Among the earliest Middle English or Older Scots literature is John Barbour's Brus (14th century), Wyntoun's Kronykil and Blind Harry's Wallace (15th century). From the 15th century much Middle Scots literature was produced by writers based around the royal court in Edinburgh and the University of St Andrews. Alexander Montgomerie, the 16th century poet, for example, was in the service of King James VI. James I of Scotland himself wrote The Kingis Quair. Versions of popular continental romances were also produced, for example: Launcelot o the Laik and The Buik o Alexander. Middle English is the name given to an early form of the English language that was in common use from roughly the 12th to the 15th centuries— from after the Norman invasion by William the Conqueror in 1066 to around the introduction of the printing press by William Caxton in... Early Scots or Older Scots describes the emerging literary language of Anglic-speaking Lowland Scotland in the period 1100 to 1450 which began diverging from the early Middle English descendant of Northumbrian or Early Northern English. ... Andrew of Wyntoun (1350?-1420?), author of a long metrical history of Scotland, called the Orygynale Cronykil of Scotland, was a canon regular of St Andrews, and prior of St Serfs in Loch Leven. ... Blind Harry (ca. ... Middle Scots describes the language of Anglic-speaking Lowland Scotland in the period 1450 to 1700. ... Edinburgh (pronounced ; Dùn Èideann () in Scottish Gaelic) is Scotlands capital, and its second-largest city. ... The University of St Andrews is the oldest university in Scotland and third oldest in the English-speaking world, having been founded between 1410 and 1413. ... Alexander Montgomerie (1545? - 1610?) was a Scottish poet. ... James VI and I King of England, Scotland and Ireland James VI of Scotland and I of England (Charles James) (19 June 1566–27 March 1625) was a King who ruled over England, Scotland and Ireland, and was the first Sovereign to reign in the three realms simultaneously. ... James I (December 10, 1394 – February 21, 1437) reigned as king of Scotland from April 4, 1406 until February 21, 1437. ... Most likely written by James I of Scotland, The Kingis Quair is a long poem in Middle Scots that is roughly a romance in genre. ... As a literary genre, romance refers to a style of heroic prose and verse narrative current in Europe from the Middle Ages to the Renaissance. ...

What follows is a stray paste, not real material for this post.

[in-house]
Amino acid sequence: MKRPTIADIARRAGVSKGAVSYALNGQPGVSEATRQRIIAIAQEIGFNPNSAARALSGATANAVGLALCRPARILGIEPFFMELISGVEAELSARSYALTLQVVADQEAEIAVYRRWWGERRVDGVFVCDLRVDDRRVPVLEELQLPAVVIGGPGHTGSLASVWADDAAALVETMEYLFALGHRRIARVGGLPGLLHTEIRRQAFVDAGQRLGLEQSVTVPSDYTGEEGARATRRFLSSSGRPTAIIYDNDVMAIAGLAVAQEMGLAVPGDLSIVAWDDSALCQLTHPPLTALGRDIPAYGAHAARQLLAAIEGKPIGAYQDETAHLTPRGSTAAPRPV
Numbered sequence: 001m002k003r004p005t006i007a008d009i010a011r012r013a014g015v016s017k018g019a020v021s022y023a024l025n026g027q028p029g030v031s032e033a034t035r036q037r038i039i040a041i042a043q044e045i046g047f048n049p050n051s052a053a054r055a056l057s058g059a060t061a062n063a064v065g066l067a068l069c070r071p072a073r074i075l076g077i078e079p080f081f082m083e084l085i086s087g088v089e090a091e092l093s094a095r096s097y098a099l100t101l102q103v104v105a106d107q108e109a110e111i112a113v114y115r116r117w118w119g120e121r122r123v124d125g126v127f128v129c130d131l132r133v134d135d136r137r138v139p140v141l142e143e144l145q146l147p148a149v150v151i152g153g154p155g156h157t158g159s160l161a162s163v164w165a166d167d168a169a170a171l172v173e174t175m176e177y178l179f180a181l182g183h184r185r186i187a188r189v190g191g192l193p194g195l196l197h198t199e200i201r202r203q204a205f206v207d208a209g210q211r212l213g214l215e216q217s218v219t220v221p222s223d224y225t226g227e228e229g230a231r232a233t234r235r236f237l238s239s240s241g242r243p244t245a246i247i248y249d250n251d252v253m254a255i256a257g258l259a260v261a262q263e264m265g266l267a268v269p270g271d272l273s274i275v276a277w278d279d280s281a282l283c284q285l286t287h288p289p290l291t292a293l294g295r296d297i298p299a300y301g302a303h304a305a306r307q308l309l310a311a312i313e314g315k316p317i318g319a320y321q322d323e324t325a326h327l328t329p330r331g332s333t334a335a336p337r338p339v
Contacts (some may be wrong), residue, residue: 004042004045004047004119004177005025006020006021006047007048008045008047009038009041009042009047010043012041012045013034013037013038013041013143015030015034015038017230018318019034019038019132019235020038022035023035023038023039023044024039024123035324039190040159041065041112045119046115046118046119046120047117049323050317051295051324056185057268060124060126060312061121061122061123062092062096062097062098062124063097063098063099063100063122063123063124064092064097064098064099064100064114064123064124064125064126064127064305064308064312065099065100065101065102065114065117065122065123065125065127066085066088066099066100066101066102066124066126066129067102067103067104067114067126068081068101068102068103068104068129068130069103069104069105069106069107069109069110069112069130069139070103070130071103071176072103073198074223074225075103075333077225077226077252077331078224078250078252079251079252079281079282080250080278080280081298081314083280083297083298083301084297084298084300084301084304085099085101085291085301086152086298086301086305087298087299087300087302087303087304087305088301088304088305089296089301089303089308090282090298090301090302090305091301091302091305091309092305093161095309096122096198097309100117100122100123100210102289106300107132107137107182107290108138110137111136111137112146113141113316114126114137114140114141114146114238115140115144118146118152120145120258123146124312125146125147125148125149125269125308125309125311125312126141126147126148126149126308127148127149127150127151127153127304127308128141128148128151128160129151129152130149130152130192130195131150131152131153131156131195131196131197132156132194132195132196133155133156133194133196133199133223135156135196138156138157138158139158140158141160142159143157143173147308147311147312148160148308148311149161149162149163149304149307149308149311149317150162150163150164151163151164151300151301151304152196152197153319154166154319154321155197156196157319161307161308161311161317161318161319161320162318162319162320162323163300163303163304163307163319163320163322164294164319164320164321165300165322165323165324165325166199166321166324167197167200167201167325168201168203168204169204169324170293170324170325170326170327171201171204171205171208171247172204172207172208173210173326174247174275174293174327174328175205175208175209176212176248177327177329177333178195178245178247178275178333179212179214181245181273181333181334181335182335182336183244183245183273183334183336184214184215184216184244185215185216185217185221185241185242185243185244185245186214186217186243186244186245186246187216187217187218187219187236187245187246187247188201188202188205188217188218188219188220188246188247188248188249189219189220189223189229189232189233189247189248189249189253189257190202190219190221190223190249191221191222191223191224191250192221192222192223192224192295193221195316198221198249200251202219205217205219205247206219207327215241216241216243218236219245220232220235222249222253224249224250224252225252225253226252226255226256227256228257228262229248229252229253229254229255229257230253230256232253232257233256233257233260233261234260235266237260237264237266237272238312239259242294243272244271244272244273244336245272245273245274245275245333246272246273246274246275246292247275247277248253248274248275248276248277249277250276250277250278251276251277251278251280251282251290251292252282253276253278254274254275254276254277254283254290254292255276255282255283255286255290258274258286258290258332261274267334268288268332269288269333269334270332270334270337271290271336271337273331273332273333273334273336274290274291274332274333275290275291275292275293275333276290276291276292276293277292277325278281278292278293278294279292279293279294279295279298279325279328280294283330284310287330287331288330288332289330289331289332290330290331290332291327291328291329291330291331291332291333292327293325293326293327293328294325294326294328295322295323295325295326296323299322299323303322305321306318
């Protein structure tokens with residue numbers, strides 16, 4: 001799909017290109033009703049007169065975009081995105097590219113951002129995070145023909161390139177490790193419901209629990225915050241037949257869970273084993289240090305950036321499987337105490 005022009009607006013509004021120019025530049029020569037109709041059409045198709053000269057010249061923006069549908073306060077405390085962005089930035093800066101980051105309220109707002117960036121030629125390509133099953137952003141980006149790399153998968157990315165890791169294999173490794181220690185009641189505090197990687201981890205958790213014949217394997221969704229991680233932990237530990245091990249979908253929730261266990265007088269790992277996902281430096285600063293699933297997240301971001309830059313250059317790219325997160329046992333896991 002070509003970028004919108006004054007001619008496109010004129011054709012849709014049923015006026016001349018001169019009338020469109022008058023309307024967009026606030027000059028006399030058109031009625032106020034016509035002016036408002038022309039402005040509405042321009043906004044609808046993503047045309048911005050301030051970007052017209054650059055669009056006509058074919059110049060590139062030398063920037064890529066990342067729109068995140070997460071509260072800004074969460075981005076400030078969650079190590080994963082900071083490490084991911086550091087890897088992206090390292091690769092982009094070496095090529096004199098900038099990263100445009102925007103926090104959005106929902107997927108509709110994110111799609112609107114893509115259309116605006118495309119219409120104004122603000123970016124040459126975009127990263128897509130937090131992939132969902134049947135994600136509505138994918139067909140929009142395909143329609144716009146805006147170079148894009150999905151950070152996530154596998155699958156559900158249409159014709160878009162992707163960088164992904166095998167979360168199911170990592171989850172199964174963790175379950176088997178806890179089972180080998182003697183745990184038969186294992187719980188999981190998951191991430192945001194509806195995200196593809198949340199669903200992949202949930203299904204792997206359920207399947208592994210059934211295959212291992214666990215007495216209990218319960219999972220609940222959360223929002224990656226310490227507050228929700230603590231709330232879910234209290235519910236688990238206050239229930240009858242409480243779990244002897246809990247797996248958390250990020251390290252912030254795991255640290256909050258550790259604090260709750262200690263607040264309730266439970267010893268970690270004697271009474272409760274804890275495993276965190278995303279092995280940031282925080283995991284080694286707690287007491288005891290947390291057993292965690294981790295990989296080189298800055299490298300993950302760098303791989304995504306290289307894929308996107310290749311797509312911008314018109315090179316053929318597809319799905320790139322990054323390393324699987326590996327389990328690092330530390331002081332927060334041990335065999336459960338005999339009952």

In the early 16th century, Gavin Douglas produced a Scots translation of the Aeneid. Chaucerian, classical and French literary language continued to influence Scots literature up until the Reformation. Writers such as Robert Henryson, William Dunbar, and David Lyndsay led a golden age of Scottish literature in the 15th and early 16th centuries. George Bannatyne collected many poems of the Middle Scots period. Gavin Douglas (c. ... Valerus redirects here. ... Chaucer: Illustration from Cassells History of England, circa 1902 Chanticleer the rooster from an outdoor production of Chanticleer and the Fox at Ashby_de_la_Zouch castle Geoffrey Chaucer (ca. ... The Protestant Reformation was a movement which began in the 16th century as a series of attempts to reform the Roman Catholic Church, but ended in division and the establishment of new institutions, most importantly Lutheranism, Reformed churches, and Anabaptists. ... Robert Henryson (c. ... This article is about William Dunbar, the poet. ... Sir David Lyndsay (c. ... George Bannatyne (1545-1608), collector of Scottish poems, was a native of Newtyle, Forfarshire. ...


The Scottish ballad tradition can be traced back to the early 17th century. Francis James Child's compilation, The English and Scottish Popular Ballads (1882-1898) contains many examples, such as The Elphin Knight (first printed around 1610) and Lord Randal. A ballad is a story in a song, usually a narrative song or poem. ... Francis James Child (February 1, 1825 - September 11, 1896), was an American scholar and educationist, and collector of what came to be known as the Child Ballads. ... Lord Randall is a traditional ballad that includes dialogue. ...


In Scotland, after the 17th century, anglicisation increased, though Lowland Scots was still spoken by the vast majority of the population of the Lowlands. At the time, many of the oral ballads from the borders and the North East were written down. Writers of the period include Robert Sempill (c.1595-1665), Lady Wardlaw and Lady Grizel Baillie. Anglicisation (CwE) or Anglicization (NAE) is a process of making something English. ... Scots is an Anglic variety spoken in Scotland, where it is sometimes called Lowland Scots to distinguish it from Scottish Gaelic spoken by some in the Highlands and Islands (especially the Hebrides). ... The English/Scottish border has a long and bloody history of conquest and reconquest, raid and counter-raid. ... Robert Sempill (the elder) (c. ... Lady Grizel Baillie (December 25, 1665–December 6, 1746), was a Scottish song-writer. ...